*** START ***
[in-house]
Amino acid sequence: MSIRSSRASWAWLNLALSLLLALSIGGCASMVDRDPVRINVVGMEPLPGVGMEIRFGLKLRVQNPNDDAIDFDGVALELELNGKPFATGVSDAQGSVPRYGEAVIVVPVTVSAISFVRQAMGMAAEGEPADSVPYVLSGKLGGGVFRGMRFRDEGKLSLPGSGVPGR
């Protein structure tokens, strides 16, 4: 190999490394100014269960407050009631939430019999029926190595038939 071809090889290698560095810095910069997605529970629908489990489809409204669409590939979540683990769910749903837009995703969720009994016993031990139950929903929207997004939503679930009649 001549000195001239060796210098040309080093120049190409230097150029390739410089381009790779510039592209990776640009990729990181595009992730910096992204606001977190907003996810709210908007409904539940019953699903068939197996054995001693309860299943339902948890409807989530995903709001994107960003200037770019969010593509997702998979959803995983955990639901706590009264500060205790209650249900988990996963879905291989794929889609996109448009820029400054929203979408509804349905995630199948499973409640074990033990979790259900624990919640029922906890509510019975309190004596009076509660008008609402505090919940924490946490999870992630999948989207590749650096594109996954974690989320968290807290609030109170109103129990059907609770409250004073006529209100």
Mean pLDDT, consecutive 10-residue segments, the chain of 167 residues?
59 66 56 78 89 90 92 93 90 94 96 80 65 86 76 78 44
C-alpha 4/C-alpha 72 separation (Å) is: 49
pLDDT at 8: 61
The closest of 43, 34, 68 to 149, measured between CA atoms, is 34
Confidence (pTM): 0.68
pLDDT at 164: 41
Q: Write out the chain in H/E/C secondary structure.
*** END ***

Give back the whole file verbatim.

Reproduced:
[in-house]
Amino acid sequence: MSIRSSRASWAWLNLALSLLLALSIGGCASMVDRDPVRINVVGMEPLPGVGMEIRFGLKLRVQNPNDDAIDFDGVALELELNGKPFATGVSDAQGSVPRYGEAVIVVPVTVSAISFVRQAMGMAAEGEPADSVPYVLSGKLGGGVFRGMRFRDEGKLSLPGSGVPGR
């Protein structure tokens, strides 16, 4: 190999490394100014269960407050009631939430019999029926190595038939 071809090889290698560095810095910069997605529970629908489990489809409204669409590939979540683990769910749903837009995703969720009994016993031990139950929903929207997004939503679930009649 001549000195001239060796210098040309080093120049190409230097150029390739410089381009790779510039592209990776640009990729990181595009992730910096992204606001977190907003996810709210908007409904539940019953699903068939197996054995001693309860299943339902948890409807989530995903709001994107960003200037770019969010593509997702998979959803995983955990639901706590009264500060205790209650249900988990996963879905291989794929889609996109448009820029400054929203979408509804349905995630199948499973409640074990033990979790259900624990919640029922906890509510019975309190004596009076509660008008609402505090919940924490946490999870992630999948989207590749650096594109996954974690989320968290807290609030109170109103129990059907609770409250004073006529209100």
Mean pLDDT, consecutive 10-residue segments, the chain of 167 residues?
59 66 56 78 89 90 92 93 90 94 96 80 65 86 76 78 44
C-alpha 4/C-alpha 72 separation (Å) is: 49
pLDDT at 8: 61
The closest of 43, 34, 68 to 149, measured between CA atoms, is 34
Confidence (pTM): 0.68
pLDDT at 164: 41
Q: Write out the chain in H/E/C secondary structure.